Tangible Cost

AAA

DEFINITION of 'Tangible Cost'

A quantifiable cost related to an identifiable source or asset. Tangible costs represent expenses arising from such things as purchasing materials, paying employees or renting equipment.

INVESTOPEDIA EXPLAINS 'Tangible Cost'

Tangible costs are often associated with items that also have related intangible costs. An intangible cost consists of a subjective value placed on a circumstance or event in an attempt to quantify its impact.

For example, let's examine the costs associated with a customer who has received broken merchandise. The company will usually refund the value of the product to the customer, paying a tangible cost. If the customer is still upset over the event, he or she may complain about the poor service to friends. The potential loss of sales, resulting from the friends hearing the complaints, consists of an intangible cost relating to the broken merchandise.

RELATED TERMS
  1. Goodwill

    An account that can be found in the assets portion of a company's ...
  2. Intangible Asset

    An asset that is not physical in nature. Corporate intellectual ...
  3. Tangible Asset

    Assets that have a physical form. Tangible assets include both ...
  4. Betterment

    A type of action or cost expenditure that contributes towards ...
  5. Identifiable Asset

    An asset of an acquired company that can be assigned a fair value ...
  6. Hard Asset

    A tangible and physical item or object of worth that is owned ...
RELATED FAQS
  1. How can I calculate funds from operation in Excel?

    In general, the terms "work in progress" and "work in process" are used interchangeably to refer to products midway through ... Read Full Answer >>
  2. When does Q4 start and finish?

    Most companies such as Facebook have financial years that end on December 31st. For these companies, the fourth quarter begins ... Read Full Answer >>
  3. When is it useful to look at a company's fixed asset turnover ratio?

    It is useful to look at a company's fixed asset turnover ratio when an outside observer, such as an investor, wants to know ... Read Full Answer >>
  4. What is the difference between perfect and imperfect competition?

    Perfect competition is a microeconomics concept that describes a market structure controlled entirely by market forces. In ... Read Full Answer >>
  5. How difficult is it to understand business analytics?

    In the abstract, business analytics is the study of financial, economic, consumer and production data through statistical ... Read Full Answer >>
  6. At what levels are core competencies required for businesses operating in the primary ...

    Core competencies help businesses understand their best abilities to perform in the market. Primary sector businesses mine ... Read Full Answer >>
Related Articles
  1. Economics

    Economics Basics

    Learn economics principles such as the relationship of supply and demand, elasticity, utility, and more!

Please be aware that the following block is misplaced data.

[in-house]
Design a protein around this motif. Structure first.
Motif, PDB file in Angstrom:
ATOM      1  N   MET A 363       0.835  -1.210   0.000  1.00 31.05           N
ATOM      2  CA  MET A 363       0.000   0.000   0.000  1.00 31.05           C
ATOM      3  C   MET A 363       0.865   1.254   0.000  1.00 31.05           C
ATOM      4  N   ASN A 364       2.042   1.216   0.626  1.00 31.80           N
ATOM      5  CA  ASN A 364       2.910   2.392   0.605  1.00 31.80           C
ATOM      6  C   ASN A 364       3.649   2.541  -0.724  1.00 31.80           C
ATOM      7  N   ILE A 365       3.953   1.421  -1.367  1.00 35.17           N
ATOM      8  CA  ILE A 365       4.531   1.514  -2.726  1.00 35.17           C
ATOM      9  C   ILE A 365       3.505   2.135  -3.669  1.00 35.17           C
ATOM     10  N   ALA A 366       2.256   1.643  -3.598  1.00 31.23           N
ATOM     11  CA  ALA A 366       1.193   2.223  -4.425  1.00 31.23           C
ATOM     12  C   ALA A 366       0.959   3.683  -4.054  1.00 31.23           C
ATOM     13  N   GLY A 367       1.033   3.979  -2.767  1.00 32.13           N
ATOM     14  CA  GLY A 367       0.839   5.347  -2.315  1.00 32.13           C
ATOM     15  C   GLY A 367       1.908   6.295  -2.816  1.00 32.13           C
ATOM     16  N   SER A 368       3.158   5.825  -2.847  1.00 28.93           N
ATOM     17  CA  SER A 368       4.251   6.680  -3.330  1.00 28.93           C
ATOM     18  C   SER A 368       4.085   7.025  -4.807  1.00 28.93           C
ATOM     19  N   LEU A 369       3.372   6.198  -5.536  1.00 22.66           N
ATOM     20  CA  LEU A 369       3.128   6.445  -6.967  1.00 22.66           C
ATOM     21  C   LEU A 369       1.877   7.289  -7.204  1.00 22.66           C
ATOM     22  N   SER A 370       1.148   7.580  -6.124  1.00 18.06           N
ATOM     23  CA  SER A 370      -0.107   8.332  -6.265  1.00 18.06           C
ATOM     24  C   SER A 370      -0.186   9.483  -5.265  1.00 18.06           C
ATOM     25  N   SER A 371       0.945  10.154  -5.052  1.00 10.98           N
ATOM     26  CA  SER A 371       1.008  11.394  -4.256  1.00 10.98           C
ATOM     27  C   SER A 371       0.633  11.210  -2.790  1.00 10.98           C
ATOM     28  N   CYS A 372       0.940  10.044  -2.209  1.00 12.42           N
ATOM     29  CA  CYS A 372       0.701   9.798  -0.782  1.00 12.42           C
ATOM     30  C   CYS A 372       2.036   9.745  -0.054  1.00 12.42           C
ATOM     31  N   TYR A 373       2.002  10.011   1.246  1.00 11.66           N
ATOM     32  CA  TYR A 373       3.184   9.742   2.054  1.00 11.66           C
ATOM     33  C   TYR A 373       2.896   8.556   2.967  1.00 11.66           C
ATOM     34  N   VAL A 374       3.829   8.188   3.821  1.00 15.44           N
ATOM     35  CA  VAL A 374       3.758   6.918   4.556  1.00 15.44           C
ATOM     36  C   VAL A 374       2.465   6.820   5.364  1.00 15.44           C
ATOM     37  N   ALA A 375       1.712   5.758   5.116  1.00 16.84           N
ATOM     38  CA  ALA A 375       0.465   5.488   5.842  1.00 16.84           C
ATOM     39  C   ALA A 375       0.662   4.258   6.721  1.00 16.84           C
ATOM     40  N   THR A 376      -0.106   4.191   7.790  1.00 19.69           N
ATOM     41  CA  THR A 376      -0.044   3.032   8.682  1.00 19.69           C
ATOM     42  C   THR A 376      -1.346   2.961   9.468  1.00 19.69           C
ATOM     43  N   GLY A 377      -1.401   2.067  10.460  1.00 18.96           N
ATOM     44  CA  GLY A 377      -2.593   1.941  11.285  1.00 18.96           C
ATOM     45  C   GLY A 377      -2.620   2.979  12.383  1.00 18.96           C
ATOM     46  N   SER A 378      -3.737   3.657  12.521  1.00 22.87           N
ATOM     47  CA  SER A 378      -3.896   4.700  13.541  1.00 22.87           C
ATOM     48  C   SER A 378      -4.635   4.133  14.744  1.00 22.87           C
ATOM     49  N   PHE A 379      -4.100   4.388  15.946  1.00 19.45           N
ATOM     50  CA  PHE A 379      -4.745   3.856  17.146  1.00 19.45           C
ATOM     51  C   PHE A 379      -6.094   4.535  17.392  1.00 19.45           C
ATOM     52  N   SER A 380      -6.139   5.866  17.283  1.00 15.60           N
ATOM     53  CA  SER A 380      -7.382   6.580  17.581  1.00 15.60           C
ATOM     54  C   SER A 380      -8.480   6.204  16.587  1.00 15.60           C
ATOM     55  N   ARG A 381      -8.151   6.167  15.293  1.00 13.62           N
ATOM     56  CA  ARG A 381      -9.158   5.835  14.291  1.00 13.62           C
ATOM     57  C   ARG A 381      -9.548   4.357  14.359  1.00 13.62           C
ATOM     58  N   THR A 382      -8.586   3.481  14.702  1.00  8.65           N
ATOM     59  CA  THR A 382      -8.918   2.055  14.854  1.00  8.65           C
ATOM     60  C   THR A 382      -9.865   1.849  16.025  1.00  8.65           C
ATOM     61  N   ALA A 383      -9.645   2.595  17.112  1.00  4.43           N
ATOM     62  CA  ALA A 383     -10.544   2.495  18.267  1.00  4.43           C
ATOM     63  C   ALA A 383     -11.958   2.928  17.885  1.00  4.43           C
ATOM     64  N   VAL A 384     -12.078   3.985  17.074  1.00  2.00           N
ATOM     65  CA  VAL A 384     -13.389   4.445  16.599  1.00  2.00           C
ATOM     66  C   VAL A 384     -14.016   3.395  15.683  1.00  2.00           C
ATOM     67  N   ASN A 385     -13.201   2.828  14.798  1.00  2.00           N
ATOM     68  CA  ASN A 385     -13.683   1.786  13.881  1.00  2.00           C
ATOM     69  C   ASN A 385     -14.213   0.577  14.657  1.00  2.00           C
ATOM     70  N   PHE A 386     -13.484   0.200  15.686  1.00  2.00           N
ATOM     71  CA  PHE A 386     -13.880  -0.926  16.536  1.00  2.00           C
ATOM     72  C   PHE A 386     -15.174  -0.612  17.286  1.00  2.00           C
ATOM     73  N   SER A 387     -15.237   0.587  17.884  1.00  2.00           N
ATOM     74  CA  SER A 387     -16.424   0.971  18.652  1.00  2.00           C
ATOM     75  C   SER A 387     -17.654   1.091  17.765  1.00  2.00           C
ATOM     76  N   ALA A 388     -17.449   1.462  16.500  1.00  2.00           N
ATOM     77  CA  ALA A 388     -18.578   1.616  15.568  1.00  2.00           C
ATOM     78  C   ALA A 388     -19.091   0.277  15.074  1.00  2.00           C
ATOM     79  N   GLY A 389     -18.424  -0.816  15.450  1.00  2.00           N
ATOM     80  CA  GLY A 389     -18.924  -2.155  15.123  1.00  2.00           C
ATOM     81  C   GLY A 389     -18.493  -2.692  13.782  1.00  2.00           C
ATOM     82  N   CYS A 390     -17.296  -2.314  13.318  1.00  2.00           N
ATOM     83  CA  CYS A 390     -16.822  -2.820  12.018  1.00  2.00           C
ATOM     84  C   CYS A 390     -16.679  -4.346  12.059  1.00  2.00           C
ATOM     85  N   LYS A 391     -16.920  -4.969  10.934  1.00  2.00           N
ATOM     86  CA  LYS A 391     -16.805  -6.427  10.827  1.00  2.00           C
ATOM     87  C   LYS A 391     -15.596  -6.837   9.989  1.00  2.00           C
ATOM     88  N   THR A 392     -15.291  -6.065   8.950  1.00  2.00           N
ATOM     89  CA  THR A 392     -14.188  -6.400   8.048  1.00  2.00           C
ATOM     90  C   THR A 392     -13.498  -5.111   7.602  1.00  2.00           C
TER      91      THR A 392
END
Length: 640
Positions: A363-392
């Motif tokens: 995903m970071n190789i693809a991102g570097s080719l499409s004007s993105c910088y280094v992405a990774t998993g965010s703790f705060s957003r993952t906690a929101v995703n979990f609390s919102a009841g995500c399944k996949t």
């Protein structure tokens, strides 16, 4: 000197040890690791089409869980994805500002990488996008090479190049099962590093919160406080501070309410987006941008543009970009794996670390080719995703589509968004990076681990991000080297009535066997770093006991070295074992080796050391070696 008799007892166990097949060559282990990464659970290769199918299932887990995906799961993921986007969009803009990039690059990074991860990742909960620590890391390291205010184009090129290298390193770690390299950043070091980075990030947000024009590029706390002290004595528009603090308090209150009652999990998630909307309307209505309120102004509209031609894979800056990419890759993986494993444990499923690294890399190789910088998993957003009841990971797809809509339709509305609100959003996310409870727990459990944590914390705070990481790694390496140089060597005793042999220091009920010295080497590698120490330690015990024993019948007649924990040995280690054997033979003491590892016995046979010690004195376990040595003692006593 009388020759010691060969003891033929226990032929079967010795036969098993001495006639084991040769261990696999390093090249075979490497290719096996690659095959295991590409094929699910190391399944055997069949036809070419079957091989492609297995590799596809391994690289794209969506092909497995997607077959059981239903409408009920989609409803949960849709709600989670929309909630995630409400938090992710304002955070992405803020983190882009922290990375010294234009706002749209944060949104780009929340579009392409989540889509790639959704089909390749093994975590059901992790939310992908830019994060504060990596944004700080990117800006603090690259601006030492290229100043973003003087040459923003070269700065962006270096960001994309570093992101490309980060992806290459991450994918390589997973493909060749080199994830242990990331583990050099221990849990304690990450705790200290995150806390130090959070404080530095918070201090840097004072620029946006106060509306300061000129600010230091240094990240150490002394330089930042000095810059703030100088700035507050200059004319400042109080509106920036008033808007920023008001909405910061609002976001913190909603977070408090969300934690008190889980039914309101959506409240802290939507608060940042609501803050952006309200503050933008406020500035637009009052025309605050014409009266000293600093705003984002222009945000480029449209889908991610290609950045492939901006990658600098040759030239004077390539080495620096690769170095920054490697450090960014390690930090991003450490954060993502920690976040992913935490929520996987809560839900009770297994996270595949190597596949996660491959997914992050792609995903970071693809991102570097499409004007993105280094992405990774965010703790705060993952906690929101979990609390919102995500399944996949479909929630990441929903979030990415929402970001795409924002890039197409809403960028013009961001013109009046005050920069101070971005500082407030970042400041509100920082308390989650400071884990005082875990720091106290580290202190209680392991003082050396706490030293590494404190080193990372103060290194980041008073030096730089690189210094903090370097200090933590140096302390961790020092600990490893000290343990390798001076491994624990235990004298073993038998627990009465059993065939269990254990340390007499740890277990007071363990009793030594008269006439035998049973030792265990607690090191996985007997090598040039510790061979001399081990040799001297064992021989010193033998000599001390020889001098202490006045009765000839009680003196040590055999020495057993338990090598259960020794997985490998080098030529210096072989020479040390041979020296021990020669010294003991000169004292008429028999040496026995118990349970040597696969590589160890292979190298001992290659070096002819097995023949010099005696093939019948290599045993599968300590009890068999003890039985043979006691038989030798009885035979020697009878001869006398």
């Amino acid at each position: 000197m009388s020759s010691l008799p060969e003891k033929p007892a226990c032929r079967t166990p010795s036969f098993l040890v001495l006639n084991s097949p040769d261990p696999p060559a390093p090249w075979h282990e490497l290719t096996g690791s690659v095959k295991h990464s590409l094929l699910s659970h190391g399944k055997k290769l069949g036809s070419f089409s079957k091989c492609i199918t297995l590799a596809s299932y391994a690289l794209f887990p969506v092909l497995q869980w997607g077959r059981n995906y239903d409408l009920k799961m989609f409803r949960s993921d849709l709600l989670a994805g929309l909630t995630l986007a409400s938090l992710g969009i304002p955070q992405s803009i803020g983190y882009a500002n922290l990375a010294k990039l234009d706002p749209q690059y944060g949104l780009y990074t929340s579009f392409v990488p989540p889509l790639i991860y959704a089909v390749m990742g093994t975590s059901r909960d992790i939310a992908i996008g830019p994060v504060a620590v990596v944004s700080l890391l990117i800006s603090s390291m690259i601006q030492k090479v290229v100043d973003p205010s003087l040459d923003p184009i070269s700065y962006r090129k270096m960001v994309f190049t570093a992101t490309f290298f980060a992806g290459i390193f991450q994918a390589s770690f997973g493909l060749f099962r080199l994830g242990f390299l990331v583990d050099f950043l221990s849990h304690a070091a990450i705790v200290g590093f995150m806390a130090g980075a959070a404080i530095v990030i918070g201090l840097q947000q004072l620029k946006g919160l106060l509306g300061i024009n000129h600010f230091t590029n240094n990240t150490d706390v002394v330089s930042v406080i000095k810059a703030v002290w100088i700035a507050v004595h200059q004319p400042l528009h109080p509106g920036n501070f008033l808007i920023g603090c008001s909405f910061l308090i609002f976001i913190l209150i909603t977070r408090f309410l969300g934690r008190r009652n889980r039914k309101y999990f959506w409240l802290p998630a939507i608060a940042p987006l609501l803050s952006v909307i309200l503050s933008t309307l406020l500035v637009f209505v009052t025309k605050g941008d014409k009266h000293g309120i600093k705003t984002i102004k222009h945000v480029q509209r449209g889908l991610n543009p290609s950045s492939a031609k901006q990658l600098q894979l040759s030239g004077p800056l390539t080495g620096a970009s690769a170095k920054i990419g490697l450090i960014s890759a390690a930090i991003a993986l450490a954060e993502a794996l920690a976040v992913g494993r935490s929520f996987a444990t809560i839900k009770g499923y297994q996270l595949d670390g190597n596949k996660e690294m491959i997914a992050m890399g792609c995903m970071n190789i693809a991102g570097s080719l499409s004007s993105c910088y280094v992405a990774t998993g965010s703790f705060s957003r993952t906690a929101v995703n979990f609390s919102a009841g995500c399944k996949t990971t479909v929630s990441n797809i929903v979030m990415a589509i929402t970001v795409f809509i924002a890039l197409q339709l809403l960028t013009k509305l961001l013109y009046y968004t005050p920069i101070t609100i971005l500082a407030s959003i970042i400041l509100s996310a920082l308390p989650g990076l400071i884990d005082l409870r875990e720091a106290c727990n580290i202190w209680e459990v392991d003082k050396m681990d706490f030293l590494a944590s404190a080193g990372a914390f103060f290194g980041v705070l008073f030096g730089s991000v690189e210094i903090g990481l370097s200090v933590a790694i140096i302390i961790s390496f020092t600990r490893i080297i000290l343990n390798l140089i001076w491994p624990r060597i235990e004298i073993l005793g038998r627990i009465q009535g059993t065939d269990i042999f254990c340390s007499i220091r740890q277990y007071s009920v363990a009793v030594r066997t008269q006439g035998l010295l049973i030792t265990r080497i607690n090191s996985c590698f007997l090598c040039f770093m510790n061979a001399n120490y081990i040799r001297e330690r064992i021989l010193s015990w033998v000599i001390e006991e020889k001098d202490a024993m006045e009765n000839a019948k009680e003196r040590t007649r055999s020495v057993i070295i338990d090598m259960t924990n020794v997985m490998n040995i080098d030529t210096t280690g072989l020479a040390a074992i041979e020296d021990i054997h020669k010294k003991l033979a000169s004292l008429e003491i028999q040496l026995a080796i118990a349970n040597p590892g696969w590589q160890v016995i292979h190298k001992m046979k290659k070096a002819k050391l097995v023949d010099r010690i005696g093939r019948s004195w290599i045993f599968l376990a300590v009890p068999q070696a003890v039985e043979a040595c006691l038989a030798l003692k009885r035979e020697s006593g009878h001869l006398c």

2. Bonds & Fixed Income

    Passing The Buck: The Hidden Costs Of Annuities

    These may look like good retirement vehicles, but beware of the fees buried in the fine print.
  3. Professionals

    Is Your High-Profile Job Worth The Price?

    Certain careers can be prestigious and lucrative, but there are always costs. Find out if they're worth it.
  4. Personal Finance

    Can You Count On Goodwill?

    Carefully examine goodwill and its sources before considering the value of your investment.
  5. Investing Basics

    How To Evaluate A Company's Balance Sheet

    Asset performance shows how what a company owes and owns affects its investment quality.
  6. Markets

    Intangible Assets Provide Real Value To Stocks

    Intangible assets don't appear on balance sheets, but they're crucial to judging a company's value.
  7. Economics

    What's Involved in Customer Service?

    Customer service is the part of a business tasked with enhancing customer satisfaction.
  8. Economics

    What is Involved in Inventory Management?

    Inventory management refers to the theories, functions and management skills involved in controlling an inventory.
  9. Economics

    What Does Accretive Mean?

    In the business world, accretive most often to refers to additional growth from outside sources.
  10. Economics

    Explaining Prime Cost

    Prime cost is a way of measuring the total cost of the production inputs needed to create a given output.

You May Also Like

Hot Definitions
  1. Net Worth

    The amount by which assets exceed liabilities. Net worth is a concept applicable to individuals and businesses as a key measure ...
  2. Stop-Loss Order

    An order placed with a broker to sell a security when it reaches a certain price. A stop-loss order is designed to limit ...
  3. Covered Call

    An options strategy whereby an investor holds a long position in an asset and writes (sells) call options on that same asset ...
  4. Butterfly Spread

    A neutral option strategy combining bull and bear spreads. Butterfly spreads use four option contracts with the same expiration ...
  5. Unlevered Beta

    A type of metric that compares the risk of an unlevered company to the risk of the market. The unlevered beta is the beta ...
  6. Moving Average - MA

    A widely used indicator in technical analysis that helps smooth out price action by filtering out the “noise” from random ...
Trading Center